Protecting against cyber crime and social engineering fraud risks

The digital revolution that has occurred since the invention of personal computers and mobile devices has led to numerous benefits for individuals and organizations seeking to maximize their efficiency and output, while reaching the most possible consumers for their businesses; however, the advancements made also have businesses struggling to keep up with the ever-growing risks of cyber crime and social engineering fraud.

Cyber crime refers to criminal activity that uses and/or targets personal computers, mobile devices, or the networks connecting to these devices. Some examples of cyber threats include malware, ransomware, and spoofing, but this is by no means an exhaustive list. The prevalence of cyber crime requires businesses to be vigilant in preventing cyber threats. Consequences of failing to protect against cyber threats include privacy and data breaches, network loss and damage, and even property damage. These consequences also all come with significant monetary cost. Failing to protect the personal information that businesses accumulate and store about their consumers can also attract regulatory liability and penalties, depending on the governing legislation for the protection of personal information and privacy.

Social Engineering Fraud is the art of influencing people to disclose or to give access to information they otherwise would not provide. This fraud is distinct from cyber crime because it relies on human interaction, rather than hacking a network or connected device. Social engineering fraud is dependent on the social networks we now use through personal computers and mobile devices. Specifically, criminals will learn about individuals through social networks, before targeting them through various scams (much like cyber crime). These scams include phishing, smishing, and piggybacking. All of these frauds rely on our natural tendency to trust each other, and to believe that information is credible, rather than questionable.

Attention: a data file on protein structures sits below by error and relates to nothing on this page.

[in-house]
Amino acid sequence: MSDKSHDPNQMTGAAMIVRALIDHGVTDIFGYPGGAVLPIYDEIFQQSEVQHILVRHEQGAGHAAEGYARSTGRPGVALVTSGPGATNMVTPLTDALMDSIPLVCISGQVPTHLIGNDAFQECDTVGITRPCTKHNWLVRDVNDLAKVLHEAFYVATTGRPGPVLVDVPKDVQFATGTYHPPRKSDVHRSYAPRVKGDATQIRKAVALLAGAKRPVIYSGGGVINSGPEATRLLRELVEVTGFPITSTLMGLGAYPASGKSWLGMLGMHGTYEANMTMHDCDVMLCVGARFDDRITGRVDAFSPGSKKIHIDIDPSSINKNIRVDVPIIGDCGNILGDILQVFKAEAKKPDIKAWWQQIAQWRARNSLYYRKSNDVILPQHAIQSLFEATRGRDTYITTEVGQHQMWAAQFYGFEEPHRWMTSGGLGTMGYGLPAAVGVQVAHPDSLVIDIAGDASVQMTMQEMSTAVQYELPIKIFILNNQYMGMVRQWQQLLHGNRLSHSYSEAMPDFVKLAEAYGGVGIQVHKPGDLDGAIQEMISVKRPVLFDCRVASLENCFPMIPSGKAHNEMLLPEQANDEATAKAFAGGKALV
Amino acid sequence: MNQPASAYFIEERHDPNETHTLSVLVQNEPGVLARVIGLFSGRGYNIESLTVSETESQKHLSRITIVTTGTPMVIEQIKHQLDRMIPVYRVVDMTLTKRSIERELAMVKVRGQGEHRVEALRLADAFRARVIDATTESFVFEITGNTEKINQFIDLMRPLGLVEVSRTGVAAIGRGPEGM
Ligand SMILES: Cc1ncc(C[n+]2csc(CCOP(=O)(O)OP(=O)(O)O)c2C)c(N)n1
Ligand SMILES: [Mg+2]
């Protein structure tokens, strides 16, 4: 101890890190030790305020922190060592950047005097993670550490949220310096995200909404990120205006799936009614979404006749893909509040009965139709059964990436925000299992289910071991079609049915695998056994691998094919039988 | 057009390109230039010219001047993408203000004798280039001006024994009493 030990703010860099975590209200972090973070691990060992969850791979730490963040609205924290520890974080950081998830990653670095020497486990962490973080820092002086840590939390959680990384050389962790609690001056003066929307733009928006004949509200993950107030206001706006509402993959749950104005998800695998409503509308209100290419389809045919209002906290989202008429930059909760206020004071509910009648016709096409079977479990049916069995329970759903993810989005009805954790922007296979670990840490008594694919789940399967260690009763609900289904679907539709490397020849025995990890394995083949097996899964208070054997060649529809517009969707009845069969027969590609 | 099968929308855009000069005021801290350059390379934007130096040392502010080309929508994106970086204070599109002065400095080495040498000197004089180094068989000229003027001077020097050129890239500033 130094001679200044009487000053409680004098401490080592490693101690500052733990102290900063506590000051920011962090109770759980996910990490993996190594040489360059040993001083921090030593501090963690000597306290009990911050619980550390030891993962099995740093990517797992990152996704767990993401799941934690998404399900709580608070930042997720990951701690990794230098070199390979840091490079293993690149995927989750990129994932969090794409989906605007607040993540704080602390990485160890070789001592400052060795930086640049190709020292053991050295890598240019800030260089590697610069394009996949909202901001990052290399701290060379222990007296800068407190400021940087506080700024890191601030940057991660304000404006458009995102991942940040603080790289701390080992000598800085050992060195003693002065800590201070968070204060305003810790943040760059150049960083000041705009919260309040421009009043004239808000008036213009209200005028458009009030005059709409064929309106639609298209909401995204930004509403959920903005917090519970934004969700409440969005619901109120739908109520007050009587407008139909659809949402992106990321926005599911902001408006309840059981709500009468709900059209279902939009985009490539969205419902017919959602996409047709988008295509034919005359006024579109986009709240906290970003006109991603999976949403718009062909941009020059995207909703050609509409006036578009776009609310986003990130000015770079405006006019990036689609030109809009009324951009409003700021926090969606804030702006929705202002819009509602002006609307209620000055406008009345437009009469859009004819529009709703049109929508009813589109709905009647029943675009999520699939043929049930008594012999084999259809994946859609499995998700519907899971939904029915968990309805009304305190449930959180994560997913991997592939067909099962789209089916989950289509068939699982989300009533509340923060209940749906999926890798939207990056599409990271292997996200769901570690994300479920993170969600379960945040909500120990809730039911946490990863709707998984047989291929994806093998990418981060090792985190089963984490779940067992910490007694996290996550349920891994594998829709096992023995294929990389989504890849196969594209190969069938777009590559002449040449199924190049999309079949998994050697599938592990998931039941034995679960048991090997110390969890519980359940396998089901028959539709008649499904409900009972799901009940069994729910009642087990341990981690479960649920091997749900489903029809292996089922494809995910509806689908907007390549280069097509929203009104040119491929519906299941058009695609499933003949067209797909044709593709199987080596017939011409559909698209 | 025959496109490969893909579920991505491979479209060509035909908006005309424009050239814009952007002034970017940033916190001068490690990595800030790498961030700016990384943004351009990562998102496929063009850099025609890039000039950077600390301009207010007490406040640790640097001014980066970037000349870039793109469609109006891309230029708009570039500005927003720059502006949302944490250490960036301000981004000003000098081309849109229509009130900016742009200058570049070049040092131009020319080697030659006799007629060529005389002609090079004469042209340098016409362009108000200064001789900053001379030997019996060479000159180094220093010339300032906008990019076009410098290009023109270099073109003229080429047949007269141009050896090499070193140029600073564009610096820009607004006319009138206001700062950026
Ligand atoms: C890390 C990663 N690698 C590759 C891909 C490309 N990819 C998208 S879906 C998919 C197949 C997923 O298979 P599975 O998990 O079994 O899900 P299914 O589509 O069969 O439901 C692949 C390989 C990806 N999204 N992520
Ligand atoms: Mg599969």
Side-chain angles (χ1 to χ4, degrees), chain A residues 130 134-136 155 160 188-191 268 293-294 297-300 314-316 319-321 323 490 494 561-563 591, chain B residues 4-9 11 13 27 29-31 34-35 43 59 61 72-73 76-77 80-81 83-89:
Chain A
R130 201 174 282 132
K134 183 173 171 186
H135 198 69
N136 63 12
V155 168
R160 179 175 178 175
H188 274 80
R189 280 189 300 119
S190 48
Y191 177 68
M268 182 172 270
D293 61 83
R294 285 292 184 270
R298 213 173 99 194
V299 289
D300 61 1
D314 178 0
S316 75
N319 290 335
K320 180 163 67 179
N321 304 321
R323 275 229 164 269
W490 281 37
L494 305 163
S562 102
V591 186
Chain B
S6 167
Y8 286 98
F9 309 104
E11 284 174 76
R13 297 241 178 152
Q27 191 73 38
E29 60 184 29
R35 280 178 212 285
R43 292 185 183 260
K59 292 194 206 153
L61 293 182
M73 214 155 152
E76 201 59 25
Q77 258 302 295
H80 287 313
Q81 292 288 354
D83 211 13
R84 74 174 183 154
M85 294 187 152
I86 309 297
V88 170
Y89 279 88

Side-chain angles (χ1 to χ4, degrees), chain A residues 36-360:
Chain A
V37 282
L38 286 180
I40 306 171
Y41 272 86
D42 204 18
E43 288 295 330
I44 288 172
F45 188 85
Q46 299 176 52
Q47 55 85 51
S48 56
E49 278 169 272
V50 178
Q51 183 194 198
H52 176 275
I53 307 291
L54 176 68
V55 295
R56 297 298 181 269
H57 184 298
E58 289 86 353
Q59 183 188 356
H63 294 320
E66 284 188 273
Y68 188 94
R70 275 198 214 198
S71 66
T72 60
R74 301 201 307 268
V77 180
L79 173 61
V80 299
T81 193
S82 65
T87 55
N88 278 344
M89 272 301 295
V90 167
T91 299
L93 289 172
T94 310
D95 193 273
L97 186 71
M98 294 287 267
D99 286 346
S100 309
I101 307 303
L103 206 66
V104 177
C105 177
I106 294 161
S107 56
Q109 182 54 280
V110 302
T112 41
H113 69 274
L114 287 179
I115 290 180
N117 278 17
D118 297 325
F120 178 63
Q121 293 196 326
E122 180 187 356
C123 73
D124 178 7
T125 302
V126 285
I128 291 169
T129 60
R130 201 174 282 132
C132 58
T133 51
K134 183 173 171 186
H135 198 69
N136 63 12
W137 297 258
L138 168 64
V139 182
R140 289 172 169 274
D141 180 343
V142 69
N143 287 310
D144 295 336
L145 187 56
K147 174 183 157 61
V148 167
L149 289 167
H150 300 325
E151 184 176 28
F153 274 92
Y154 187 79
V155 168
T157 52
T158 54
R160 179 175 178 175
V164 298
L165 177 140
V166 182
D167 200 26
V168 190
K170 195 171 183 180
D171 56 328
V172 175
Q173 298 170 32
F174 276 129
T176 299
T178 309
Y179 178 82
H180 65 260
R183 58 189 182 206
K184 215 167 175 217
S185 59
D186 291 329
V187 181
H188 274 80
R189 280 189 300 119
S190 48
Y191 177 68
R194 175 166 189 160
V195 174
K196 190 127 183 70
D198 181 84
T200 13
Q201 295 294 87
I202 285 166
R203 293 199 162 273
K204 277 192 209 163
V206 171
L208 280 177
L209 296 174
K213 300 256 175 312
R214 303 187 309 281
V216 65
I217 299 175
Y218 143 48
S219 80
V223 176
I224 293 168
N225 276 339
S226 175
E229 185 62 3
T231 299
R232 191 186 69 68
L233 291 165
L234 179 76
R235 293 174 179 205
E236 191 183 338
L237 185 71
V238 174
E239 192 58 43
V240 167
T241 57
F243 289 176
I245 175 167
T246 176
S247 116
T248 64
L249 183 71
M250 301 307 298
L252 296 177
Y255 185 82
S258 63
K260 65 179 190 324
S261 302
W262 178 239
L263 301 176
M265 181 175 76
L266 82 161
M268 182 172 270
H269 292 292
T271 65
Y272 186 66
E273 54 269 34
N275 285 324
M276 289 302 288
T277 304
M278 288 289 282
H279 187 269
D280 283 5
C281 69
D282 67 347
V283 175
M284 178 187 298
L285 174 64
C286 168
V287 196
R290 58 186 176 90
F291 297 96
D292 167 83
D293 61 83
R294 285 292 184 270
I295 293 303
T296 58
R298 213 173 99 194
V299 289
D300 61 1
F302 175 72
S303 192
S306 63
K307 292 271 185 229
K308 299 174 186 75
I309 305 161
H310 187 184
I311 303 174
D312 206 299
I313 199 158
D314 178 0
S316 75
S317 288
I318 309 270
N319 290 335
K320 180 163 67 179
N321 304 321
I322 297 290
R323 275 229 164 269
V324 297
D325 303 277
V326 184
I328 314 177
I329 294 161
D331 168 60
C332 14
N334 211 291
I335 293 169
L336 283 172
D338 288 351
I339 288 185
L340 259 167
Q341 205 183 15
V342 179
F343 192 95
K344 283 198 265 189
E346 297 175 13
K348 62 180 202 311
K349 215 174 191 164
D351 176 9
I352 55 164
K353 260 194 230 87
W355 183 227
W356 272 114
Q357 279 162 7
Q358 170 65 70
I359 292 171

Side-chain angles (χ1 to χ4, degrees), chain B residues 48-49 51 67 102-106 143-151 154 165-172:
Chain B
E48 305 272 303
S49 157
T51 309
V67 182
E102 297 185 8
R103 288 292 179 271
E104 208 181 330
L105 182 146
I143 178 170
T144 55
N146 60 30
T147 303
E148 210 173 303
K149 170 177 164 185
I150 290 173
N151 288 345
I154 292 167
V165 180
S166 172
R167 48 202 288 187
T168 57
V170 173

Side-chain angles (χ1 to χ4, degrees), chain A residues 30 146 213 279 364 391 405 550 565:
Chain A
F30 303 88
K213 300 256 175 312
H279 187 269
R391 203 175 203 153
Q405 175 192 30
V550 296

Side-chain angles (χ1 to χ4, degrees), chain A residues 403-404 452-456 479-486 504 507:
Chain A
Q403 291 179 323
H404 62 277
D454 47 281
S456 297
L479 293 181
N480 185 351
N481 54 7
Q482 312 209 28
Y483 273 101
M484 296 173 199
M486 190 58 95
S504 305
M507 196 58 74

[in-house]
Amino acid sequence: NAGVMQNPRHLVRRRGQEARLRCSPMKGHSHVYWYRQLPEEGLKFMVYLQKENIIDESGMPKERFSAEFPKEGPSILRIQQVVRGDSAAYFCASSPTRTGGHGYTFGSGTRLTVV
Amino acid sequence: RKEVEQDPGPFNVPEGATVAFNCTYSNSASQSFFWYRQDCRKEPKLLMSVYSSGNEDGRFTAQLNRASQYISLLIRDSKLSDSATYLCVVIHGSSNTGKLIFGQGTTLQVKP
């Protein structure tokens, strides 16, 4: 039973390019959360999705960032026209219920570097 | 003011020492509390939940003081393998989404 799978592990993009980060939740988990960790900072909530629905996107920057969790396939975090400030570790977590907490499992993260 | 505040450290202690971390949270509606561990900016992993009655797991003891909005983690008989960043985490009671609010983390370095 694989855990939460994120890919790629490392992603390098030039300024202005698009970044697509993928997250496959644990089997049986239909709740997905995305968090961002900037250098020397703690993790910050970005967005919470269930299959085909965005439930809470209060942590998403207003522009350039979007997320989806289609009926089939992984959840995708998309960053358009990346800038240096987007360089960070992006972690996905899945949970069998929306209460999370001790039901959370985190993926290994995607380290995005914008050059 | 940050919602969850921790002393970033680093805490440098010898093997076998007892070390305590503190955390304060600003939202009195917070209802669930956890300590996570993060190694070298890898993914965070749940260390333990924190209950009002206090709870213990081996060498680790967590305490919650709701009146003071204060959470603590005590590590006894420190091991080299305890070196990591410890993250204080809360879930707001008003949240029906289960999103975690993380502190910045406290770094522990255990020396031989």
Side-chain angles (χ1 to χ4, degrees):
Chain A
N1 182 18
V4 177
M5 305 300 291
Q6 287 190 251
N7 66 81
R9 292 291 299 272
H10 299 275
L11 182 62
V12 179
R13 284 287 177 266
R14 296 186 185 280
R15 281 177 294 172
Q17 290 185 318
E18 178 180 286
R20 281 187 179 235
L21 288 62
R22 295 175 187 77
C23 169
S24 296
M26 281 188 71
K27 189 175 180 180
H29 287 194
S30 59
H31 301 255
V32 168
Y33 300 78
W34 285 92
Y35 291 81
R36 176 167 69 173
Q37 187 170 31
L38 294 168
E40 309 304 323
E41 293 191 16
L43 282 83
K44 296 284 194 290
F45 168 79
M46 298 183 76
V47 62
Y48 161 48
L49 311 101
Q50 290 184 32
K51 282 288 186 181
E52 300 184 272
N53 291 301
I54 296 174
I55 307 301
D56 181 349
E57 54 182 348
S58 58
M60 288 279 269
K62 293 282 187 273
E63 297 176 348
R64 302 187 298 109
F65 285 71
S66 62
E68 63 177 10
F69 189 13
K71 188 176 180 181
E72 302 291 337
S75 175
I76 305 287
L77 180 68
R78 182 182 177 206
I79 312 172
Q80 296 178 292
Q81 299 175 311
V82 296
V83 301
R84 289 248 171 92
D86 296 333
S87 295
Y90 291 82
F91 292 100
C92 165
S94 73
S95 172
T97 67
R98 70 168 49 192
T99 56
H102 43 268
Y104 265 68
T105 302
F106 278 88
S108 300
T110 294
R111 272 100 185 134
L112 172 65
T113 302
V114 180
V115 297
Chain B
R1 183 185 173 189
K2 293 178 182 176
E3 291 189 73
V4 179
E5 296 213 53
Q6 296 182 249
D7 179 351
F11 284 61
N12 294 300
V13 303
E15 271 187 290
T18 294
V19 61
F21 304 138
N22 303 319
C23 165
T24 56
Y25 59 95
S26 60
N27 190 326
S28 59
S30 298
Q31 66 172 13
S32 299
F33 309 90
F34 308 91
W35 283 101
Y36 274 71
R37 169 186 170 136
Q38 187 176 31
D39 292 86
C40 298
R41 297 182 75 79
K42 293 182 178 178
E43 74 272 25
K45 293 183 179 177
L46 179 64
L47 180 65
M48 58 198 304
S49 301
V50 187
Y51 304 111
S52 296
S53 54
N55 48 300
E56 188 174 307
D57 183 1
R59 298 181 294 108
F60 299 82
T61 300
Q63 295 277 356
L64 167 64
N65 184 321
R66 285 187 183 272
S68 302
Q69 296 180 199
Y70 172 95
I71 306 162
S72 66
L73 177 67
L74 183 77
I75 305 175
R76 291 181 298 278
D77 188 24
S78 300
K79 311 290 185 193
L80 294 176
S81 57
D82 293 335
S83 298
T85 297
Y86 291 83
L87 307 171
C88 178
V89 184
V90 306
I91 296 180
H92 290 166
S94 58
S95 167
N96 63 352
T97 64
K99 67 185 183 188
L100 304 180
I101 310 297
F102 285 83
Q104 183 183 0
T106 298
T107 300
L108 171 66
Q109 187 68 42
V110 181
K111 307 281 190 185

The most important way for individuals and organizations to guard against the risks of cyber crime and social engineering fraud is through education. While the use of anti-virus software, password protections, and other technical safeguards are all necessary and important, businesses must recognize that these safeguards can only do so much if their officers and employees are not educated about the risks of cyber crime and social engineering fraud, as well as how to guard against these risks.

Individuals and organizations should adopt and implement policies and procedures designed to educate everyone involved in day-to-day operations about cyber crime and social engineering fraud. At minimum, these policies and procedures should include a plan for regular and recurring training, detailed steps for responding to a potential cyber threat or fraud, and clear identification of the roles and responsibilities of individuals who will be primarily responsible for responding to cyber threats and frauds. On this point, it should be emphasized that provincial and federal legislation imposes requirements on private-sector businesses to protect the personal
information of consumers in their possession. Therefore, all policies and procedures designed to guard against cyber crime and social engineering fraud must be drafted in compliance with and cognizant of the provincial and federal legislative framework governing the protection of personal information.

Beyond having a strong set of organizational policies and procedures to guard against cyber crime and social engineering fraud, businesses may also look to additional means of protection, including cyber insurance. Cyber insurance, like other forms of insurance, is designed to compensate individuals and organizations where they have suffered a loss due to a cyber attack, data breach, or fraud event. Of course, like any insurance, the coverage offered under cyber insurance policies can differ. Eligibility for coverage in the event a claim may also be dependent on the safeguards a business has put in place before a claim materializes. Therefore, when obtaining the cyber insurance policy, businesses should ensure that they understand not only the extent of coverage available under a cyber insurance policy, but that the insurer will expect the organization to minimize the potential of a
claim before issuing such a policy.

This discussion is only a primer on protecting against cyber crime and social engineering fraud. As always, you should consult a lawyer for advice where necessary.

Kaylea M. Dunn, KC
McKercher LLP
374 Third Avenue South
Saskatoon, SK
(306) 653-2000

Graham E. Quick
McKercher LLP
800 – 1801 Hamilton Street
Regina, SK
(306) 565-6500

McKercher LLP